Design Modifications And Active Balancing On An Integrally Forged Steam Turbine Rotor To Solve Serious Reliability Problems.
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This paper describes the design modifications and active balancing on a 19,000 hp integrally forged steam turbine rotor to improve its dynamic characteristics and reliability. The turbine was purchased as a replacement for an identical turbine used in a syn gas train. Ever since original installation, the turbine had been plagued with high vibration problems on the coupling end, excessive bearing temperatures, and reduced coupling life. A rotordynamic analysis proved that there was sufficient separation margin between the turbine's operating speed and any critical speed. However, at operating speed, the rotor had a high vibration response at the coupling, even with a very small unbalance. A design modification was thus incorporated on the rotor to make it less sensitive to unbalance. At operating speed, this modification lowered the predicted coupling end shaft deflection to approximately a third of its original value. An active balancer was then assembled on the rotor to provide the flexibility of online trim balancing. The replacement turbine has been installed and is operating with the lowest vibration and bearing temperatures in the compressor train's history. Presented in this paper is an overview of the rotordynamic analysis, the shaft welding technique used to accomplish the rotor design changes, and the balancing with the active balancer. The techniques presented in this paper can be used to improve the mechanical reliability of other machines with similar problems.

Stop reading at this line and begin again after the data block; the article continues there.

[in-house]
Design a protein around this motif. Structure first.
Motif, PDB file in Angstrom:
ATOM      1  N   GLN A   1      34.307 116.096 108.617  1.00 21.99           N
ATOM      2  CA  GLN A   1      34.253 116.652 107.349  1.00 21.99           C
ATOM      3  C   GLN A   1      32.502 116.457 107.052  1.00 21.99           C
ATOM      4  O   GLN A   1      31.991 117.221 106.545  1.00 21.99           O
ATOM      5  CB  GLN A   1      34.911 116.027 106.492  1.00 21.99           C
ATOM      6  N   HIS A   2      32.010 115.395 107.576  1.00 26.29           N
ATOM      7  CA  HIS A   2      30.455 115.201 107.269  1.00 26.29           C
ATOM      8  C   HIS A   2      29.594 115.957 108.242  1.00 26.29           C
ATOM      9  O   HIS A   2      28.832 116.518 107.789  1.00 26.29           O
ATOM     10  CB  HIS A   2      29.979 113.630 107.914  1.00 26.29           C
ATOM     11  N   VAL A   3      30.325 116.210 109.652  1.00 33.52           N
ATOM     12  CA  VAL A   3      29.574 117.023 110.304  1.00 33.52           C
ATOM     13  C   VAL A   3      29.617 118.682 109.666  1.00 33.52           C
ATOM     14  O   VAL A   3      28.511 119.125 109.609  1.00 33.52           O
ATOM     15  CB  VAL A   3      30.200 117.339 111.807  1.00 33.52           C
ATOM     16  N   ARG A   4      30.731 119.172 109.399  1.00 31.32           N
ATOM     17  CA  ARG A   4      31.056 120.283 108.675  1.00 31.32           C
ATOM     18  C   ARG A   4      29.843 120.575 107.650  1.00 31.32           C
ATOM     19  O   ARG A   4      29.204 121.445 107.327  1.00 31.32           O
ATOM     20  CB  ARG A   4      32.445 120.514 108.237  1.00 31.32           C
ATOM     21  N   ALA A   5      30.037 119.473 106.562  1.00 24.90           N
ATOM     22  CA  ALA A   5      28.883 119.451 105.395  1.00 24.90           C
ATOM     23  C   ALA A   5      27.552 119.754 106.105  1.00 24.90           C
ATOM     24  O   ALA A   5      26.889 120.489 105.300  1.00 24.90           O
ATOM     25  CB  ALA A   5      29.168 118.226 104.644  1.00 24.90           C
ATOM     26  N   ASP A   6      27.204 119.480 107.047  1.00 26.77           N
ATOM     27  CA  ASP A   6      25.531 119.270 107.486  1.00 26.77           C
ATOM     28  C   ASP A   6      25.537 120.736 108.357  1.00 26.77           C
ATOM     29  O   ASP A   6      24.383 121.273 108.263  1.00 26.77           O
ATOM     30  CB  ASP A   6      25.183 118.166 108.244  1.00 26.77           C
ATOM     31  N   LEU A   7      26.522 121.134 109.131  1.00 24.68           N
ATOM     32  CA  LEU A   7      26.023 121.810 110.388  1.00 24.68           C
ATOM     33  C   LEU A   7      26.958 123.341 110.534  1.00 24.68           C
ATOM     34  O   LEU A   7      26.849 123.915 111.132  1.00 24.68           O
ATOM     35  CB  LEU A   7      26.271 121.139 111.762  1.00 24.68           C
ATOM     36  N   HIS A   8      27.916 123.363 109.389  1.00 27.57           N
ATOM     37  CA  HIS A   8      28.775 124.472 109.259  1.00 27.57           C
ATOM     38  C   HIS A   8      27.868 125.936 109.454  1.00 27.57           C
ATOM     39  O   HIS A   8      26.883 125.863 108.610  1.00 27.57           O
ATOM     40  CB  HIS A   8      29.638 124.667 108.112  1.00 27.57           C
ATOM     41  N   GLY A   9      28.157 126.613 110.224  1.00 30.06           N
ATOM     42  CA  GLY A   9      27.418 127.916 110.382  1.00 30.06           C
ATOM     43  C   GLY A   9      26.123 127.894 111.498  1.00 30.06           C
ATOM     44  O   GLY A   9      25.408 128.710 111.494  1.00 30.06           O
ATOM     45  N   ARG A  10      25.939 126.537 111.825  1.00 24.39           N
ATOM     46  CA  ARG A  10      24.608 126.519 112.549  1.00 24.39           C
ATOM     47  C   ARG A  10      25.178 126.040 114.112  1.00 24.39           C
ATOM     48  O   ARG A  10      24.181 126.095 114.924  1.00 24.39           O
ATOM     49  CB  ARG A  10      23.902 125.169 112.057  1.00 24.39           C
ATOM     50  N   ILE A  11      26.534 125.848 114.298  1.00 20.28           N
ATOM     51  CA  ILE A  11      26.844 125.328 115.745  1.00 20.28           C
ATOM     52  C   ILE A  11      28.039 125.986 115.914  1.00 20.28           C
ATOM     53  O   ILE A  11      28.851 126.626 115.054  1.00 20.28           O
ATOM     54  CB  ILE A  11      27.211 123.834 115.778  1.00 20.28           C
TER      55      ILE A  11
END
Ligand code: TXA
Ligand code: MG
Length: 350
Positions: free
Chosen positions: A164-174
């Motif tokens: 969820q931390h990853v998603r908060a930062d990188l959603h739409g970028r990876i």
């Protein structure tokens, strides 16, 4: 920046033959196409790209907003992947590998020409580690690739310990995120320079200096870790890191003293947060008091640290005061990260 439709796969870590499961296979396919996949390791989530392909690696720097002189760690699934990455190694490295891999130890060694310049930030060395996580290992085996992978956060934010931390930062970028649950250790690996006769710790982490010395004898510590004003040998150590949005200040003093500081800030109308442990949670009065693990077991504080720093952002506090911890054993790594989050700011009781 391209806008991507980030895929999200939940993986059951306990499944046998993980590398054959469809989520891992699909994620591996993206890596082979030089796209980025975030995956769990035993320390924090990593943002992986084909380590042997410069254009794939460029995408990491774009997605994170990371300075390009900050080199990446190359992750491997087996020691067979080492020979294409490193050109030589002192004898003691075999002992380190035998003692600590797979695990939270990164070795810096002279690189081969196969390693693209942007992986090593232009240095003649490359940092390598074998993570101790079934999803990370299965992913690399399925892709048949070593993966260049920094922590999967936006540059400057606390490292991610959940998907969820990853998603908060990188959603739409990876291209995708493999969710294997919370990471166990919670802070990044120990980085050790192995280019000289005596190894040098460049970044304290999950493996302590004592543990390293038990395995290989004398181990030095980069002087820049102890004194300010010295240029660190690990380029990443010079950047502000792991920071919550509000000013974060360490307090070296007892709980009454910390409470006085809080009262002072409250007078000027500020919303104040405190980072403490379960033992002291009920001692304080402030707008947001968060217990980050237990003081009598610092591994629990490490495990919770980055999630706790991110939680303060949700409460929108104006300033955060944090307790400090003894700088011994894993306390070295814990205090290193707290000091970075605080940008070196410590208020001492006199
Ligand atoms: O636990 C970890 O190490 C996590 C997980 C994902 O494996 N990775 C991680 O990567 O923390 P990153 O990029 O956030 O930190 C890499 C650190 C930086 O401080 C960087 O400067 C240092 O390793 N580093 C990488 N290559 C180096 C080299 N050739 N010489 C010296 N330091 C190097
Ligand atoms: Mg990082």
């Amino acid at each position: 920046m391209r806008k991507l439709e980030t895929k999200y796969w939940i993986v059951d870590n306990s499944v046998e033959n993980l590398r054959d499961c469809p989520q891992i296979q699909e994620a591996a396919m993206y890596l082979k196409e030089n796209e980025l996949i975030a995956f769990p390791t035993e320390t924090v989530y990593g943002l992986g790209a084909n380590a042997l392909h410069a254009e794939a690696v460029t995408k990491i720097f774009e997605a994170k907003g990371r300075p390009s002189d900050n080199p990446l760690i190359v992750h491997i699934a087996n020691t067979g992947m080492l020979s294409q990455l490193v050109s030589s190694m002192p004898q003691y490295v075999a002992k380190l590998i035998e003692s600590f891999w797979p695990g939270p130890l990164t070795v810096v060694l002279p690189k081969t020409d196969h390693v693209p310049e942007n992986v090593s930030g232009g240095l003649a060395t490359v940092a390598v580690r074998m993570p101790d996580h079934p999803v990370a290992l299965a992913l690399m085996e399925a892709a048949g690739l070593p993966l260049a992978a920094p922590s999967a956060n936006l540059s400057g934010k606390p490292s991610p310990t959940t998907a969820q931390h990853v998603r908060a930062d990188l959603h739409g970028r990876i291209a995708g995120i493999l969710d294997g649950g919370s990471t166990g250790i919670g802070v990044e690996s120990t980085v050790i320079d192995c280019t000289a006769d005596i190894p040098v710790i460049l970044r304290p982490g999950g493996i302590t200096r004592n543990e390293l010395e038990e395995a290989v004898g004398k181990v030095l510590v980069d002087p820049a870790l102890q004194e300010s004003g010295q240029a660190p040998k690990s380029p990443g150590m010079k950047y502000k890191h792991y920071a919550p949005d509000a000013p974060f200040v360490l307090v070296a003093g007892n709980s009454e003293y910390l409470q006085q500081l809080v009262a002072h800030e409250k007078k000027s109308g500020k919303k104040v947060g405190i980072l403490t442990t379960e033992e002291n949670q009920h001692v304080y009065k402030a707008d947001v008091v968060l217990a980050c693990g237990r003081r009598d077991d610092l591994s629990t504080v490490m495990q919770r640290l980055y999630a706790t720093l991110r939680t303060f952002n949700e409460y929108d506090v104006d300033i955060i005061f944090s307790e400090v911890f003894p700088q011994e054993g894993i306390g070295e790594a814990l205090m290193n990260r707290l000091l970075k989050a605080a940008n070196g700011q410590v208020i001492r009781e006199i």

Pardivala, Darayus; Dyer, Stephen W.; Bailey, Clark D. (1998). Design Modifications And Active Balancing On An Integrally Forged Steam Turbine Rotor To Solve Serious Reliability Problems.. Texas A&M University. Turbomachinery Laboratories. Available electronically from